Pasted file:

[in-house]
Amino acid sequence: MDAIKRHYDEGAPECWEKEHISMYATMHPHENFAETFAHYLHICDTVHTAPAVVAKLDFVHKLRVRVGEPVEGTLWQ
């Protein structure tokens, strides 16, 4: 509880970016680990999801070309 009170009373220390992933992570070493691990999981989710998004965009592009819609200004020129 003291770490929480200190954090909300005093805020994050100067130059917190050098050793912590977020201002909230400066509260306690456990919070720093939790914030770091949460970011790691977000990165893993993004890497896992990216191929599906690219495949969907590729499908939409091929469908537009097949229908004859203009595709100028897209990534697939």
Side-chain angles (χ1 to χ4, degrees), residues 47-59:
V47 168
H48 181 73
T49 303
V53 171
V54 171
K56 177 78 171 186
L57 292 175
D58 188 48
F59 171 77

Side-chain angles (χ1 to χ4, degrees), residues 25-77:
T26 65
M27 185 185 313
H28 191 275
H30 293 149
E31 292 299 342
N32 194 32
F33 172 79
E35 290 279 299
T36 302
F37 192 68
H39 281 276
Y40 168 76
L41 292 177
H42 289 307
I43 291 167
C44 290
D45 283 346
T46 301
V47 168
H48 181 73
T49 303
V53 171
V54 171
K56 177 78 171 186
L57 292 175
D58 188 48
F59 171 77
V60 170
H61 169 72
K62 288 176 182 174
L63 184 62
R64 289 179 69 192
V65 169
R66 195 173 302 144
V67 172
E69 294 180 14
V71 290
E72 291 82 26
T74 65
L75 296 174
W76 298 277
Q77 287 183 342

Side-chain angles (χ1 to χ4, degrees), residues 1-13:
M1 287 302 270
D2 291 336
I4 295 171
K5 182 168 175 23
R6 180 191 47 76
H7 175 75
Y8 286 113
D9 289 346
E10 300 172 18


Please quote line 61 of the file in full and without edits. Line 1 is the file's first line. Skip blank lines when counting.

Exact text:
K5 182 168 175 23